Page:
After two years of practice, the animals developed some mastery, getting about 75 percent of the easier matches correct and 40 percent of the harder ones, markedly better than chance guessing.
The monkeys were implanted with a tiny probe with two sensors; it was threaded through the forehead and into two neighboring layers of the cerebral cortex, the thin outer covering of the brain.
The two layers, called L-2/3 and L-5, are known to communicate with each other during decision making of the sort that the monkeys were doing when playing the matching game.
The device recorded the crackle of firing neurons during the animals' choices and transmitted it to a computer. Researchers at U.S.C., led by Theodore Berger, analyzed this neural signal, and determined its pattern when the monkeys made correct choices.
To test the device, the team relayed this "correct" signal into the monkeys' brains when they were in the middle of choosing a possible picture match, and it improved their performance by about 10 percent.
The researchers then impaired the monkeys' performance deliberately, by dosing them with cocaine. Their scores promptly fell by 20 percent.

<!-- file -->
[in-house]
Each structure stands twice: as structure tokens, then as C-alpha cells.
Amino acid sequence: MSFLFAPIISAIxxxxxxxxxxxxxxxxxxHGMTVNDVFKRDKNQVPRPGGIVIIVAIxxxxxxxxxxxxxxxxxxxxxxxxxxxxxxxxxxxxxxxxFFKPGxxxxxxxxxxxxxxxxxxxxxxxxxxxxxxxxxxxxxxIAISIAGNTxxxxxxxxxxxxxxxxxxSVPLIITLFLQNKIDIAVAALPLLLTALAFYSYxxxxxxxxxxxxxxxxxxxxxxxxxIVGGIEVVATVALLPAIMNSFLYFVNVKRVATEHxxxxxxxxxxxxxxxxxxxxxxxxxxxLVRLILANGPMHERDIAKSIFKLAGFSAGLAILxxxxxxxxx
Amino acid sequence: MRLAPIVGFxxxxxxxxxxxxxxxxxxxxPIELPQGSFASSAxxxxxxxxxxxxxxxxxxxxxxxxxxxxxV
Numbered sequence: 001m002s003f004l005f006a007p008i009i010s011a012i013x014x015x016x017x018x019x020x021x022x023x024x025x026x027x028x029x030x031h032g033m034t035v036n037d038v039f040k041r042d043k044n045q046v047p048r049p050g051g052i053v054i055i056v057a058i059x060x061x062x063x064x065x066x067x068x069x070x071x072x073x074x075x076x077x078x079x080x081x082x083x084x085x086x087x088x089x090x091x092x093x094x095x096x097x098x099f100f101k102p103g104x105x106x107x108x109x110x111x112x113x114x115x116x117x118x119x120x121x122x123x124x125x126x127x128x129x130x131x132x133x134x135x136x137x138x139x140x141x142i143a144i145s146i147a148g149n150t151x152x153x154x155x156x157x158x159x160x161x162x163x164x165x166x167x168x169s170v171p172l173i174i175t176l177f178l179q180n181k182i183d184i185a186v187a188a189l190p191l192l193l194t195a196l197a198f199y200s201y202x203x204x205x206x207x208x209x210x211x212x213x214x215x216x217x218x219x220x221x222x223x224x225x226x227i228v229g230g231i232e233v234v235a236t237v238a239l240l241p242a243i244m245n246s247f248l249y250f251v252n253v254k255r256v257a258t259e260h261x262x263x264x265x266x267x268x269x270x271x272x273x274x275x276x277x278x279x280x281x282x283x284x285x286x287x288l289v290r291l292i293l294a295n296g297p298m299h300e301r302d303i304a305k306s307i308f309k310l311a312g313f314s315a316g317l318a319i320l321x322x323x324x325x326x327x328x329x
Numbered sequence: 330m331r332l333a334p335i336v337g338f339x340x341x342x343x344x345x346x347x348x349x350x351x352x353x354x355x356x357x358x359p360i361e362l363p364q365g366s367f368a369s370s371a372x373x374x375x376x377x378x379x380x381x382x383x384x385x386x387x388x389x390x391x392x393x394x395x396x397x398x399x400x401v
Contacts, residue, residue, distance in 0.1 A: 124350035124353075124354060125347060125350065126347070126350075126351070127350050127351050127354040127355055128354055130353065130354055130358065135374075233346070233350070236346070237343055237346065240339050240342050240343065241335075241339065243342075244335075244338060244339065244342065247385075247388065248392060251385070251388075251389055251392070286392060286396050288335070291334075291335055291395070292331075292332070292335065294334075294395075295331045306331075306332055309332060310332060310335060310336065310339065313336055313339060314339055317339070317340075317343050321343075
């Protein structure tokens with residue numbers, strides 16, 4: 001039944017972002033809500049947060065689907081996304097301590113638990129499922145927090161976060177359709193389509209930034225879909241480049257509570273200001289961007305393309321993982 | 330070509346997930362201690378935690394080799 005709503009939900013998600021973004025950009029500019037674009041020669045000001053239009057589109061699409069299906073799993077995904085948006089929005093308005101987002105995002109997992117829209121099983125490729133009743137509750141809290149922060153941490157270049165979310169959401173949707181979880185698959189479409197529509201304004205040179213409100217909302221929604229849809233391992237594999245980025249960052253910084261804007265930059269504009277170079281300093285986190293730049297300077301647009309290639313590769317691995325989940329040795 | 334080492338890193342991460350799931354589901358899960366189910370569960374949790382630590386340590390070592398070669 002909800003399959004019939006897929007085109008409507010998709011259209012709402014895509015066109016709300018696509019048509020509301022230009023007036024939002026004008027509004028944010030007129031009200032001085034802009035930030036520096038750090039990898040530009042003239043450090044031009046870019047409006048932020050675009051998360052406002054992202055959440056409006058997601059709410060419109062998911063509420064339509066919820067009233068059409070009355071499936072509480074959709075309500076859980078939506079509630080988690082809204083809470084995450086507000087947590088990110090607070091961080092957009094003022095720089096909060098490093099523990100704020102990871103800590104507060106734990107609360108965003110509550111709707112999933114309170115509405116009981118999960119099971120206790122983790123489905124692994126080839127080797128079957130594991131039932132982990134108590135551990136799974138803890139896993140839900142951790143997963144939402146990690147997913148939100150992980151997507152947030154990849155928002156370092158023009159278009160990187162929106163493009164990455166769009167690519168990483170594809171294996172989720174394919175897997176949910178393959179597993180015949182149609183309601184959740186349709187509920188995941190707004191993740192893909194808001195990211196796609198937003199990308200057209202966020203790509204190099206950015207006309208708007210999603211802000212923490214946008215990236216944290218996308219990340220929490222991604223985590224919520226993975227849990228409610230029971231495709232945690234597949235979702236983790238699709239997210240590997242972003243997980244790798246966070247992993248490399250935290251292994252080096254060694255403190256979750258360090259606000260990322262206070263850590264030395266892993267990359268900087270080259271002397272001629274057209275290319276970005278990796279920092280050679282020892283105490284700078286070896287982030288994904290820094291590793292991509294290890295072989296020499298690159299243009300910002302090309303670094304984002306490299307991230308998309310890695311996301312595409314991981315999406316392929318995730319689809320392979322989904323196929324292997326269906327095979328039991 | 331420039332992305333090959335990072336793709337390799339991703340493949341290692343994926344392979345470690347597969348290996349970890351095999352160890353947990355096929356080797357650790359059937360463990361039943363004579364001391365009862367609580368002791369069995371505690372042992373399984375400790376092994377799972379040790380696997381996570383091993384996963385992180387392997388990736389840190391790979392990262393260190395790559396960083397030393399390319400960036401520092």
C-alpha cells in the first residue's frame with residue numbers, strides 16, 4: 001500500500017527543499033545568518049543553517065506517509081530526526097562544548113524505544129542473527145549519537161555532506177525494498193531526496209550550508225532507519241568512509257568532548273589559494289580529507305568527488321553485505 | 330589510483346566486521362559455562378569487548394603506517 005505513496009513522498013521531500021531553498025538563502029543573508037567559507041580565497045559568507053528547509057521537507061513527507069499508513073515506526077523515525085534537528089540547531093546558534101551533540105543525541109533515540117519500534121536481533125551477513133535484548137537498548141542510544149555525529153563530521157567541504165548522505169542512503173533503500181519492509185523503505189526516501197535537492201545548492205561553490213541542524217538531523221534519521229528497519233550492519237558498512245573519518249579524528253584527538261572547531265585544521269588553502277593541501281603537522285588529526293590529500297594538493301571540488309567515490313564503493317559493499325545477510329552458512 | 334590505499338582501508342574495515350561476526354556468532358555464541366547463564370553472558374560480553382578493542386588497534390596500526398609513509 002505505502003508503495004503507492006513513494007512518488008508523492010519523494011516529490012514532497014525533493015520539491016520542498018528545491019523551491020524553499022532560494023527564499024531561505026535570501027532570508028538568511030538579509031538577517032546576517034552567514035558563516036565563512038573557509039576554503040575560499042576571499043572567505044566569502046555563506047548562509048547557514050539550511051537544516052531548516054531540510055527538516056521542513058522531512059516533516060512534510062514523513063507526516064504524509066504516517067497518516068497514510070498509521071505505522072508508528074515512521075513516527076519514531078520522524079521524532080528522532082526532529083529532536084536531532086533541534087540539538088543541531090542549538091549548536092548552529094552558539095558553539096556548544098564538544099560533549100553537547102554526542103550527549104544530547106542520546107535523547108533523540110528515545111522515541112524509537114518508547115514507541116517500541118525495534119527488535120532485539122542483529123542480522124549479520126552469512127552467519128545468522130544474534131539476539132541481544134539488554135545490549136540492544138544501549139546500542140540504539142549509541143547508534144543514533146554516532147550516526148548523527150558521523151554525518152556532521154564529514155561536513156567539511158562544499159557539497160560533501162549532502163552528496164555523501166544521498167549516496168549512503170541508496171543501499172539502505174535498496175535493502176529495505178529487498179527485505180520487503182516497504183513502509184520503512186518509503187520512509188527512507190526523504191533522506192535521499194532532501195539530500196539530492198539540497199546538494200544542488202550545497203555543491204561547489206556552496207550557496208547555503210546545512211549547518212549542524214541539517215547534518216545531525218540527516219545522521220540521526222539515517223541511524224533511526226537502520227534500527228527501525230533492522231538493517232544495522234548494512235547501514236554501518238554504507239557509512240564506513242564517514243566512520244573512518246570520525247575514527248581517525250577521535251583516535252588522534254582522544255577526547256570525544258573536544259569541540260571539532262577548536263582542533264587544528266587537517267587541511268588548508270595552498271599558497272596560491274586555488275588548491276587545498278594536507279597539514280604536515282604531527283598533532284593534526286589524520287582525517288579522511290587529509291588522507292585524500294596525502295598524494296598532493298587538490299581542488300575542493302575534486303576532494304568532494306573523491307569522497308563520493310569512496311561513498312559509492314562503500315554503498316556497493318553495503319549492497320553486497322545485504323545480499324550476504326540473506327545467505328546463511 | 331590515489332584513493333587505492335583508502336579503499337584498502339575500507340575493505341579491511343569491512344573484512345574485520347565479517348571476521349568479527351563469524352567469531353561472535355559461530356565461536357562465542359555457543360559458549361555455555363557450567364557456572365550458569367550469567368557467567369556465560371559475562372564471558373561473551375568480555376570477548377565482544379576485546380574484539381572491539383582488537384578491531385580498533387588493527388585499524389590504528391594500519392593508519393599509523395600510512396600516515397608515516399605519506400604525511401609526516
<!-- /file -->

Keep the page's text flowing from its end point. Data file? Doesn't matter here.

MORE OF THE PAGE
"But when you turn on the stimulator, they don't make those errors; in fact, they do a little better than normal," said Robert E. Hampson of Wake Forest, a study author.
I'd like to make some improvements to the webcast, but I can't justify spending money on that because we don't make a dime from it. So that makes Kickstarter kind of a natural fit: the majority of people who benefit from the webcast are not in-person customers of DNA Lounge, so if we're to improve it, let's see if the people who will actually benefit from those improvements are willing to contribute...
The webcast has some nebulous PR benefit in terms of "brand recognition" or something, but like all advertising, it's impossible to attach a monetary value to that: I can't quantify how many people the webcast has transformed into paying customers. For every anecdote that goes, "I came to DNA because I heard of you through the webcast", I hear another anecdote that goes, "Yeah, I thought about going to that show but I just watched it from home instead."
So, I have two sets of questions for you, Dear Lazyweb,
The first and most obvious one is:
What kind of "rewards" would you be interested in? There are a bunch of obvious ones like tickets, sets of our merch, meet your favorite band when they play here, etc., but I'd like to hear other creative ideas. Serious and practical suggestions only, please. Let's just stipulate that the joke you were about to make would have been hilarious.
The second is more technical:
What kind of hardware should I be aiming for? I think it will be better recieved if I post a shopping list to show how expensive this really is, than if I just say "give me your monies and I'll spend them on cameras or something".
Specificity helps. Also, I want to be able to set the monetary target low, but say "if we exceed that by $N, then we'll do this better thing instead". That seems to be the winning approach with Kickstarters.